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The Hub of the Ephraim Historical Foundation

The center of the activities for the Ephraim Historical Foundation rests at the Anderson Barn.  It is home to the Anderson Barn Museum, which hosts the main exhibits for the season.

Be sure to experience a living history of Ephraim, Wisconsin at the Anderson Barn Museum.  General admission to the Museum is $5 for adults,$3 for children, and Children 5 and under are free.  Your General Admissioin includes an optional Walking Tour and Enterance into the Anderson Barn Barn Museum, along with our 3 other museums, the Anderson Store, the Pioneer Schoolhouse, and the Goodletson Cabin.



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Anderson Barn Loft a Perfect Place for Kid’s Play

Wisconsin HistoryLed by our mascot Bjorn, the Anderson Barn Loft is a great place for kids to play and learn.  Children have had hours of fun up in the loft.  This is truly a kids hangout; complete with dress-up opportunities, old time games, coloring, and hands on experience with history.



 Archival Resource Center

The ARC building was designed by Laura Davis, preservation architect with Isthmus Architecture, Inc. in Madison, WI and daughter of Nancy & Bob Davis. The building is over 3,400 sf and as of August, 2009, has been fully paid for – thanks to the many generous donations of Ephraim residents and foundation members!  It is the beautiful home to the Foundation’s administration offices, conference room, and archival materials and collections, which are stored in climate controlled areas in the ARC.  Please contact our offices if you have questions about the Foundation’s archival materials and collections.

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Foundation members or visitors may research family heritage at the ARC by making an appointment on Mondays between 2-4 pm, from our opening day in June through Labor Day.

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Anderson Barn History

It is difficult to discuss the Anderson Barn without first speaking about the Anderson Dock and Warehouse, and about the Anderson family in general.

Aslag Anderson was born in Arndaul, Norway in 1829.  He arrived in Milwaukee in 1849.  Aslag worked in Escanaba and Cedar Rapids, Michigan as a millwright.  In 1856, he and his friend, Peter Peterson, visited Ephraim and the Rev. Andreas Iverson.  Aslag has heard about about this fruitful town of Ephraim from his friend Cornelius Goodletson.

In 1858, Alsag and his brother Halvor bought 150 acres of shore front property from the Moravian congregation for $200 with the understanding that they would build a large serviceable pier from which lake vessels could take on cargo.

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Work began on the pier in 1858 and was of great importance to the village because the transportation lines between it and other areas of the state were poorly developed at the time.  The first warehouse was also built at this time.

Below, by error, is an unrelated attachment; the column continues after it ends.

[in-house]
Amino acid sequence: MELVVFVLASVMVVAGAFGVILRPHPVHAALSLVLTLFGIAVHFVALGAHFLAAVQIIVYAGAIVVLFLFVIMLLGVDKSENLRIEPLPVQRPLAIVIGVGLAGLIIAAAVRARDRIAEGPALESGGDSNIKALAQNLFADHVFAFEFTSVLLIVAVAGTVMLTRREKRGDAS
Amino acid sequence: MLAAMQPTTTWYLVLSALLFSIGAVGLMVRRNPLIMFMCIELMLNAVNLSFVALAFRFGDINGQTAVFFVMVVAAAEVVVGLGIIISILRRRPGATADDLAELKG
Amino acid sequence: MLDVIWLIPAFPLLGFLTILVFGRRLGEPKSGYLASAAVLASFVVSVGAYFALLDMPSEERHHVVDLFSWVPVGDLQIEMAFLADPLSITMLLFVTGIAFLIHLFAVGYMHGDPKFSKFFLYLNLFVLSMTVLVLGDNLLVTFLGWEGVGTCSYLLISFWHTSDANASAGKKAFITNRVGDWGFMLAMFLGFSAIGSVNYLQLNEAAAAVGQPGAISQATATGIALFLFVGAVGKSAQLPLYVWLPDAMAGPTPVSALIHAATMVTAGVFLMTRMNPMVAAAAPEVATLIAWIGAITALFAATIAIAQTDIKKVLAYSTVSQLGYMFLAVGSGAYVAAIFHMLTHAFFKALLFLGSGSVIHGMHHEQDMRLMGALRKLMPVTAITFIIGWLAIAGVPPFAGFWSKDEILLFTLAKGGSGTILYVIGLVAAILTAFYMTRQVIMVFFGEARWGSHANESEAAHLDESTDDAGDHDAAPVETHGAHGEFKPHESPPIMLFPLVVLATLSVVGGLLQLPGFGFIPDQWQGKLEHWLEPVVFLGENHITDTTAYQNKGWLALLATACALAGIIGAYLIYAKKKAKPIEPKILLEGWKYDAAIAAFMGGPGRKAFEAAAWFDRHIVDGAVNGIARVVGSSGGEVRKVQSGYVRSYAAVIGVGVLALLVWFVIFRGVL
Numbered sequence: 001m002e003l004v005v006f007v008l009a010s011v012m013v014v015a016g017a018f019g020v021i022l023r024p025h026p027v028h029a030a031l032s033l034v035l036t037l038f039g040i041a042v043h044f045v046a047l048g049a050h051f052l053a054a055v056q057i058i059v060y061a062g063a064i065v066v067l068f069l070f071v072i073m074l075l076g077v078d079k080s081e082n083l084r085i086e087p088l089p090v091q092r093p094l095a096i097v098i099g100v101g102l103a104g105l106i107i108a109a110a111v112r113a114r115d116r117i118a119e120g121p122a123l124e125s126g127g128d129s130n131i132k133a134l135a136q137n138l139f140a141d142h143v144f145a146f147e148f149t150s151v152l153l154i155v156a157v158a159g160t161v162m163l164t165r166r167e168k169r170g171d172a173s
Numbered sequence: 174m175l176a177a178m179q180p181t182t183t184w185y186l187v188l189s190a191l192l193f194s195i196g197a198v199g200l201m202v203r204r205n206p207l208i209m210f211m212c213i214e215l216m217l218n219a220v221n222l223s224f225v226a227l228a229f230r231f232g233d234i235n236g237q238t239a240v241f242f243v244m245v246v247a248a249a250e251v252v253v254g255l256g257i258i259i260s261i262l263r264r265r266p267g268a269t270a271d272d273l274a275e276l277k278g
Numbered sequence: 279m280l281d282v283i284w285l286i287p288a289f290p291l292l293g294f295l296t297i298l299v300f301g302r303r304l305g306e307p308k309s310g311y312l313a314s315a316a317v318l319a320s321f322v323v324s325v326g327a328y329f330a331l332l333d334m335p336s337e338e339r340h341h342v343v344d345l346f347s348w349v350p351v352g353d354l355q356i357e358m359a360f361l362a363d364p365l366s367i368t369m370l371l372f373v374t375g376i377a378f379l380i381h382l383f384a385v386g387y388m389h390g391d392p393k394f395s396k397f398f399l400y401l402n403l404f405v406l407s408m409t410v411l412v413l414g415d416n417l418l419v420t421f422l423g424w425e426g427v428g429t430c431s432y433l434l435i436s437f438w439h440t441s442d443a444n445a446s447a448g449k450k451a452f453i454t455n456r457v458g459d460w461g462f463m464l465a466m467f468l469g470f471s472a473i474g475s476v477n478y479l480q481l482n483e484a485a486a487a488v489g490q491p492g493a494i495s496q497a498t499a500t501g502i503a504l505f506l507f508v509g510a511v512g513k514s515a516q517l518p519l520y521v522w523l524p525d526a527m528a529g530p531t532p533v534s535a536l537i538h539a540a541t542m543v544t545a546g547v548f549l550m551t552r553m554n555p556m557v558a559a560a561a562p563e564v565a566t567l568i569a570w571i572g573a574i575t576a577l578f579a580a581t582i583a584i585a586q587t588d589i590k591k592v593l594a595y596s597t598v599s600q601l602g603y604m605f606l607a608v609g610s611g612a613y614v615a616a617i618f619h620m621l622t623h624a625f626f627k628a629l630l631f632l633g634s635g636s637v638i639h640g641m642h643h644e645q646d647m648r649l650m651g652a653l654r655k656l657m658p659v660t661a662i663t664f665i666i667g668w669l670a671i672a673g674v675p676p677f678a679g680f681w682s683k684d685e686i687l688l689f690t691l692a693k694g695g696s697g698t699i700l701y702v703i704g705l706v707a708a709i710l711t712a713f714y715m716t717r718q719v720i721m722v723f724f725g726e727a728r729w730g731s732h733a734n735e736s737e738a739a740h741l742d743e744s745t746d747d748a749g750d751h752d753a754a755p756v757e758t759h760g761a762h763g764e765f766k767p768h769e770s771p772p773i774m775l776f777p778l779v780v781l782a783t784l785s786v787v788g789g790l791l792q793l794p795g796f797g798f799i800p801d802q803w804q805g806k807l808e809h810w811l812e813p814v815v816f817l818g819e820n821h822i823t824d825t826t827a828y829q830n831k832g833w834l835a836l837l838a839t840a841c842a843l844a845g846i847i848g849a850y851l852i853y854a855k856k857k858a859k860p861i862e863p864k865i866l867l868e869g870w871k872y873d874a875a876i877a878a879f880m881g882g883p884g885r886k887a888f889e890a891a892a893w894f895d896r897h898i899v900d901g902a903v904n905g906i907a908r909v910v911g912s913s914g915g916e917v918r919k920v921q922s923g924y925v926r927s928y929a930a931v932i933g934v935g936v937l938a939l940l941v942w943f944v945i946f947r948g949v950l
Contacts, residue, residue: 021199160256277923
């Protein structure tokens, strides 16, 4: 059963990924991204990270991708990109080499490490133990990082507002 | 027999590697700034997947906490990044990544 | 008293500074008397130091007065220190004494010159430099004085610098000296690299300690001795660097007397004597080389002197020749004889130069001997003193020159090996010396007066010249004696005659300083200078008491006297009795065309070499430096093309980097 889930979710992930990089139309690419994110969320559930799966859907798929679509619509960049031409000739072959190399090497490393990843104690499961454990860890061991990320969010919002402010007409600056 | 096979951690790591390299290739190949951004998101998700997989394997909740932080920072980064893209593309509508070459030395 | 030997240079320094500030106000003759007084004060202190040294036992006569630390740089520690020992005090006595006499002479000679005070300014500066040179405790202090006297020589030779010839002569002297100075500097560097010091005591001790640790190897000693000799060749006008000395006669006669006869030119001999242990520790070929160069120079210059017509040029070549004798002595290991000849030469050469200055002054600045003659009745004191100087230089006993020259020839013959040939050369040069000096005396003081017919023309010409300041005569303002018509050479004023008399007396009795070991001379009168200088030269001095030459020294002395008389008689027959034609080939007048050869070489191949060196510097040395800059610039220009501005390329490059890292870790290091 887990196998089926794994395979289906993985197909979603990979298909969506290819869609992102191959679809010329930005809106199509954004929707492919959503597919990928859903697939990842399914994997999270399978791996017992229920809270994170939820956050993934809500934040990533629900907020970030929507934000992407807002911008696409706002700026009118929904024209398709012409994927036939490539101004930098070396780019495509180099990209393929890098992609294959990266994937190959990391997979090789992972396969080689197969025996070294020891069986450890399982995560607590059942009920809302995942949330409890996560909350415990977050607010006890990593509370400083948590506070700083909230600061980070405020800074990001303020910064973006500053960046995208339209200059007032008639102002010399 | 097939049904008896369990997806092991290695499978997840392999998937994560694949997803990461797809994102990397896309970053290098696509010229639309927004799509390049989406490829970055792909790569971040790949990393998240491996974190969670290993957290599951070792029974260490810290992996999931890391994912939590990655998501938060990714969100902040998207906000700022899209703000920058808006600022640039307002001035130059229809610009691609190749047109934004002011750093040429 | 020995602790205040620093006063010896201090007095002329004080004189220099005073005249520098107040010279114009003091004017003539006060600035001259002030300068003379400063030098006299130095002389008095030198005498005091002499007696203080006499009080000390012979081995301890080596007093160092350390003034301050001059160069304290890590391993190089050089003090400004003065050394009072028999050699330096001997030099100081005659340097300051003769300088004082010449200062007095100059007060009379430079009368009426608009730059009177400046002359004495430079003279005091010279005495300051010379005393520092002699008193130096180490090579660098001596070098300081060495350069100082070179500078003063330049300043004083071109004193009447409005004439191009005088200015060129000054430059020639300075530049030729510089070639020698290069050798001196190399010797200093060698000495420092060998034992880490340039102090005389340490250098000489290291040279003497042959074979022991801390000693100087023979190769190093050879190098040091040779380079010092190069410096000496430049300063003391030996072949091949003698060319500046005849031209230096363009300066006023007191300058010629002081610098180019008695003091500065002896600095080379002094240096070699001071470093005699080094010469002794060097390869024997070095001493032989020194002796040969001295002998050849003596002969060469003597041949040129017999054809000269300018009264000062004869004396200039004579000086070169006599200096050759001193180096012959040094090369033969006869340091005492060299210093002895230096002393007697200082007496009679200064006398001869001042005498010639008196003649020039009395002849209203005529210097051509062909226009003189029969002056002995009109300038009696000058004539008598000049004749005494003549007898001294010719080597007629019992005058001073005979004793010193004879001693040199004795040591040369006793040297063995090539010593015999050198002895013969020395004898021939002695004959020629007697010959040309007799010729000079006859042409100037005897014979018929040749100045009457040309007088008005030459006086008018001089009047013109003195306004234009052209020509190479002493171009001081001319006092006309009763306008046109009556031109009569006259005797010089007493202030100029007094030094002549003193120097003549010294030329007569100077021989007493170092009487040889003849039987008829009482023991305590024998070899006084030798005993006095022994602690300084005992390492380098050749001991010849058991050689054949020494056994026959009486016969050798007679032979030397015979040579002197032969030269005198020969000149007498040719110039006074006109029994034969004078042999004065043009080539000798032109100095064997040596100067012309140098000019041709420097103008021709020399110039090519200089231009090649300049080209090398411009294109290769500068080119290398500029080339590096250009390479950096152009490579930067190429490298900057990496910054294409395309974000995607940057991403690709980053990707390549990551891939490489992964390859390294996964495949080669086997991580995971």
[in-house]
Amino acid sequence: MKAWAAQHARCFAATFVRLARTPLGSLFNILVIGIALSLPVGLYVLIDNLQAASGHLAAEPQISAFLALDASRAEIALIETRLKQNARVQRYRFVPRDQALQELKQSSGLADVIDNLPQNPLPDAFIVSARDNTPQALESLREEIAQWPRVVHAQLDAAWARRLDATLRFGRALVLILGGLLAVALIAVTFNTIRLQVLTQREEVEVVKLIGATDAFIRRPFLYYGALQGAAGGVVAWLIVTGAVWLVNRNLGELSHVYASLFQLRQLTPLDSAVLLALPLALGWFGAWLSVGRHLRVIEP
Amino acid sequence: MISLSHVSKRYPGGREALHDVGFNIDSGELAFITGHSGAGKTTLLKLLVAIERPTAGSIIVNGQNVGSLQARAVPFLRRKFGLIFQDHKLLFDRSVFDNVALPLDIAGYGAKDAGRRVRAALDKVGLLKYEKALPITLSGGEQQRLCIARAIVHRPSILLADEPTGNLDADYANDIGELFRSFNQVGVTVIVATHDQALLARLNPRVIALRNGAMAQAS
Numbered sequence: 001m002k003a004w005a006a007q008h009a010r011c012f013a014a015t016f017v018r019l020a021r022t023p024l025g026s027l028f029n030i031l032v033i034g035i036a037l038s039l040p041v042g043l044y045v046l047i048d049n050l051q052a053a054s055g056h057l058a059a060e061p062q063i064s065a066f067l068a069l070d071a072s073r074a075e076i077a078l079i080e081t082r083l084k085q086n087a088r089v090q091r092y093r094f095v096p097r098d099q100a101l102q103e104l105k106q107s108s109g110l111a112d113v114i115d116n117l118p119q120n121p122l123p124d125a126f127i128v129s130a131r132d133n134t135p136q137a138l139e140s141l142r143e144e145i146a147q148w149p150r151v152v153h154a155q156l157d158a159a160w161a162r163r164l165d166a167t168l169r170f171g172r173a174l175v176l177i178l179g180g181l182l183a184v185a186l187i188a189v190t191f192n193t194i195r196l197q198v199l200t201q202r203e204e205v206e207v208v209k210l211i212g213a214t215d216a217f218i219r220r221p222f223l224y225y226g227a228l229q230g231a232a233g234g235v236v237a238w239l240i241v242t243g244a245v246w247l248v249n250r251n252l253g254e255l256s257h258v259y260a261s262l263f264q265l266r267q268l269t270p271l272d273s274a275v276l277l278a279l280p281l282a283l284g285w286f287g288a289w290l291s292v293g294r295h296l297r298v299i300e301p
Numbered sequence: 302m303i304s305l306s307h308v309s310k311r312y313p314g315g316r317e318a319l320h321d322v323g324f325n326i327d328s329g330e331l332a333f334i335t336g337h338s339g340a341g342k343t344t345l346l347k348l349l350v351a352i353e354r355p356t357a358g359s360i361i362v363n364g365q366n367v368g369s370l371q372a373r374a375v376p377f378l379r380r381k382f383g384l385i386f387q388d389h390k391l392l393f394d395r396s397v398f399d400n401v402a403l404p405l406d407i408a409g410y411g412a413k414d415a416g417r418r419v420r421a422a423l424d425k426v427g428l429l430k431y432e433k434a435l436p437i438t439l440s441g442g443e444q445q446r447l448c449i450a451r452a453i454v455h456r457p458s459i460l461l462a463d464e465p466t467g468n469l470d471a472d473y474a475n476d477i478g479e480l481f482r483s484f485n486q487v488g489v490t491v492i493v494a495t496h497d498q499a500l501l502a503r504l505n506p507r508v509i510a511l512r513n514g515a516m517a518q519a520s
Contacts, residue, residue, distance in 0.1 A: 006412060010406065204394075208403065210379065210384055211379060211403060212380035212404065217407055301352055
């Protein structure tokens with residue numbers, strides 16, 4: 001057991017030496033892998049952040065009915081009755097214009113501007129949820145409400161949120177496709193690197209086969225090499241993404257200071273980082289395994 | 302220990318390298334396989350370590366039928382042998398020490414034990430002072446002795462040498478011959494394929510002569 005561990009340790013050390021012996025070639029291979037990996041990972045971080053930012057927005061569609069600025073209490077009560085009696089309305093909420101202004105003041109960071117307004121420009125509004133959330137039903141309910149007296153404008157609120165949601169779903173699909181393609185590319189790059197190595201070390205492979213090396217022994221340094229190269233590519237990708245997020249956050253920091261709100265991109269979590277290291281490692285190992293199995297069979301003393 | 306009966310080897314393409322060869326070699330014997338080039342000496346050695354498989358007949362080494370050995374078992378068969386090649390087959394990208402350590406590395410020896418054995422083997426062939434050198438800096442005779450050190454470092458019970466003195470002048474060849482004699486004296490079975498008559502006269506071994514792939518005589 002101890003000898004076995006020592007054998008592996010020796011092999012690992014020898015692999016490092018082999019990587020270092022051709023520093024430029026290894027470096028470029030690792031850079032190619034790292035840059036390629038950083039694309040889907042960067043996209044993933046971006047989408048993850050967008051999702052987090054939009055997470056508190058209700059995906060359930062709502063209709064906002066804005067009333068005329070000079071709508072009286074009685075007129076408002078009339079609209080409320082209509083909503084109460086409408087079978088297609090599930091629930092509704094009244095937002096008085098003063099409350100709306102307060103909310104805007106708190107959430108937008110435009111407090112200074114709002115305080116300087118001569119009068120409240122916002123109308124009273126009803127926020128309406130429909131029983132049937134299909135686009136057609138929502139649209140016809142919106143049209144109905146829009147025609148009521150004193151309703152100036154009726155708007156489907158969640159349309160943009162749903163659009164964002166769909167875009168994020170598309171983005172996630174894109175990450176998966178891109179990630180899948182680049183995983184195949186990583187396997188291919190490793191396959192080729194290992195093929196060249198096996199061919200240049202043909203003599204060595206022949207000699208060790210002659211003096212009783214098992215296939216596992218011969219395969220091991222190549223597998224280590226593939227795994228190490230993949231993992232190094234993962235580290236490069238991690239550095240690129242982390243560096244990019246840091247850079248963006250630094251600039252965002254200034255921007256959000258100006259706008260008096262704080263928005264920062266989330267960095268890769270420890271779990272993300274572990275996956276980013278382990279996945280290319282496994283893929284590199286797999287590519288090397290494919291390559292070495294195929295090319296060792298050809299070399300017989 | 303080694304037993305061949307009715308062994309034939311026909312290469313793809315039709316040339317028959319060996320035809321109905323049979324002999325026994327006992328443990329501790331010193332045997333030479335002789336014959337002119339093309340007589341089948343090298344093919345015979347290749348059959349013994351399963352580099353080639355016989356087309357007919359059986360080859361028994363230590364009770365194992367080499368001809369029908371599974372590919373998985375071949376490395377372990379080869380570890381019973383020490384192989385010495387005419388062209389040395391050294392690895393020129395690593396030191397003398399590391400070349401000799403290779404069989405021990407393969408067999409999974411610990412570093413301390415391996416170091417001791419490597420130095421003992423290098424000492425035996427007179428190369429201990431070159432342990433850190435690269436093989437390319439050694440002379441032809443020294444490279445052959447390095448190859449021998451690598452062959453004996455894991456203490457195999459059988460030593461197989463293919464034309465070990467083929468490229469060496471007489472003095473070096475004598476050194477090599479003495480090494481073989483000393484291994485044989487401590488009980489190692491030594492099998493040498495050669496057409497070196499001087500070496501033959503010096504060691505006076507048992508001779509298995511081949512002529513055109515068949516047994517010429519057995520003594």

The pier enabled the settlers to supplement their meager incomes by shipping thousands of telegraph poles and fence posts to Illinois.  In time it became a port of call for many Lake Michigan shipping lines, bringing cargo and passengers alike.  It was the port for the Goodrich Transit Company, the largest of the Lake Michigan steamship companies.  However, the bankruptcy of the Goodrich Transit Company in 1934 dealt a major blow to the dock as a transportation center.  Roads became more developed and merchandise for the village began arriving by truck, and tourists arrived by bus or auto.

The original warehouse was destroyed by a storm and the second warehouse was destroyed by a fire in 1880, but was quickly rebuilt.  It is unlikely that anything remains of the original pier.  What was not burned down was tore out by ice, and what was left had to be greatly enlarged to handle the larger vessels.  The present dock with its pier and warehouse is the third on the present site.

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After the dock was completed, Aslag built the Anderson Store and then a nearby house for his growing family (there were 12 children who lived).  The house was built in 1864, and thereafter he built a small barn, and then a larger, more substantial one.  The present barn was probably built around 1880.  Here the Anderson family kept cows, horses, and chickens.  It was very much a part of the family’s large enterprise.

After Aslag died, his son Frank assumed responsibility for the barn and farm.  Frank loved animals and it was said that the animals loved him.  He enjoyed telling people that “My parents took me the barn in a baby carriage…and I never left.”  In the mid to late 1920s, this barn was Charley’s Riding Stables.  The horse stalls were in the lower gallery area, and one can still see portions of the stall structure where the horses gnawed at the wood.

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